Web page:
People line up to buy basic food and household items outside a supermarket in the poor neighborhood of Lidice, in Caracas, Venezuela. © Ronaldo Schemidt / AFP
The leader of Venezuela’s National Assembly has said the country might refuse to repay $2.8 billion for bonds that Goldman Sachs recently bought from the country’s central bank.
“It is apparent Goldman Sachs decided to make a quick buck off the suffering of the Venezuelan people,” Julio Borges, the leader of the opposition-controlled Congress, said in a letter to Goldman CEO Lloyd Blankfein.
“Given the irregular nature of this transaction and the absurd financial terms involved that are to the detriment of Venezuela and its people, the National Assembly will soon launch an investigation into the matter. I also intend to recommend to any future democratic government of Venezuela not to recognize or pay on these bonds,” Borges wrote.
Last week Goldman Sachs bought around $2.8 billion worth of bonds issued by Venezuela’s state oil firm PDVSA, betting its investment could more than double if the opposition comes into power, The Wall Street Journal reported on Sunday.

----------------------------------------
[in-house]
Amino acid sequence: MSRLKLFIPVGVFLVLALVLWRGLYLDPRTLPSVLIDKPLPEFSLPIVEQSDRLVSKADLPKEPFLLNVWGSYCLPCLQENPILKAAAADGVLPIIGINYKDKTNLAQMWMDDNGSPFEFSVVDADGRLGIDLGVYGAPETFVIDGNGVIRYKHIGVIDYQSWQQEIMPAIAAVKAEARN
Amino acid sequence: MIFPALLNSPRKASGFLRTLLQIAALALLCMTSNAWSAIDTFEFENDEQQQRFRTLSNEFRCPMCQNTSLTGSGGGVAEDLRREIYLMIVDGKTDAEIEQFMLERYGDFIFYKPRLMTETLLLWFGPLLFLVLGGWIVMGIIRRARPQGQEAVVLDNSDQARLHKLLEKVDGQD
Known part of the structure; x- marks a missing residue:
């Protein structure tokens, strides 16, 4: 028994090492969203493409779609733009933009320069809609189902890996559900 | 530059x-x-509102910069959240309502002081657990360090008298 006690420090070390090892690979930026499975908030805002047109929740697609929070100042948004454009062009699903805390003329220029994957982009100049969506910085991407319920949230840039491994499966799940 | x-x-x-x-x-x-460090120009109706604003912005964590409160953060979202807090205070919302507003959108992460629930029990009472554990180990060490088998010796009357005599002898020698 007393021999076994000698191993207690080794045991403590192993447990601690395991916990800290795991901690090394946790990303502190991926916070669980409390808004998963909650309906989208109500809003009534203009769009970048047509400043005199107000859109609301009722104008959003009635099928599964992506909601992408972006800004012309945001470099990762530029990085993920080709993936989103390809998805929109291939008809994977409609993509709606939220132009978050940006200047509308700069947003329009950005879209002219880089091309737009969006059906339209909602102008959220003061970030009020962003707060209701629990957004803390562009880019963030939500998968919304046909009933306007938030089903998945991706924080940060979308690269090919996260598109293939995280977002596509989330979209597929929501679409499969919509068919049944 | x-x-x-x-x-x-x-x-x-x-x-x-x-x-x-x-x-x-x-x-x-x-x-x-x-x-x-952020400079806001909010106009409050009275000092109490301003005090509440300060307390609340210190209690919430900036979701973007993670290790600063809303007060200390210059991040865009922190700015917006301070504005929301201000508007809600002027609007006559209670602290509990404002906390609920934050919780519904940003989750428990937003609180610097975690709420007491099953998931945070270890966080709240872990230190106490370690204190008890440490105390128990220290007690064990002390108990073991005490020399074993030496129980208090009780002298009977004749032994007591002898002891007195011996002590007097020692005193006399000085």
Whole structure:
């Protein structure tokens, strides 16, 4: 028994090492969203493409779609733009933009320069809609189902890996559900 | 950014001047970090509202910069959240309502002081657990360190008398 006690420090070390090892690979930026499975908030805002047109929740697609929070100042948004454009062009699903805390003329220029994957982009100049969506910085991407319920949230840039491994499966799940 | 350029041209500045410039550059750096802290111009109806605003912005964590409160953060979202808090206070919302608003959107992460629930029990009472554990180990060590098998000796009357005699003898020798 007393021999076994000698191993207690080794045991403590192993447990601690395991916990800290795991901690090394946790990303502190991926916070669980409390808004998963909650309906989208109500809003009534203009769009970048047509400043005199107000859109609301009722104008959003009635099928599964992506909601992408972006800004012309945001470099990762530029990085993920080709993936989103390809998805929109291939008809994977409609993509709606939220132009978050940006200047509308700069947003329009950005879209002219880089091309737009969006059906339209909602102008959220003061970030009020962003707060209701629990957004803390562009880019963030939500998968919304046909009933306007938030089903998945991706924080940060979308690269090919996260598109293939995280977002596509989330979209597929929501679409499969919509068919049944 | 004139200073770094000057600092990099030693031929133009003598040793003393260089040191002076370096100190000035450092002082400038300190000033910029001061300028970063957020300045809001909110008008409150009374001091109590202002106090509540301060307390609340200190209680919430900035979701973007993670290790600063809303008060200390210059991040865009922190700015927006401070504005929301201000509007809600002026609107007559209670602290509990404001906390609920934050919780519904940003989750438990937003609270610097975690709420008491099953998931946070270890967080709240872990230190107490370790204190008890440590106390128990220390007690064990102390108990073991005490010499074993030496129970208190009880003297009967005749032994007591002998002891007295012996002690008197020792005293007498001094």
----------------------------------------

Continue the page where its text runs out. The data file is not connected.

The report claimed Goldman paid $0.31 on the dollar, or around $865 million, for bonds PDVSA issued in 2014 and mature in 2022.
Goldman replied it had bought the bonds not from the government, but on the secondary market from a broker.
“We are invested in PDVSA bonds because, like many in the asset management industry, we believe the situation in the country must improve over time,” Goldman told CNBC.
“Many investors make similar investments daily through mutual funds, index funds and ETFs which also hold PDVSA bonds. We recognize the situation is complex and evolving and that Venezuela is in crisis. We agree that life there has to get better, and we made the investment in part because we believe it will,” the bank added.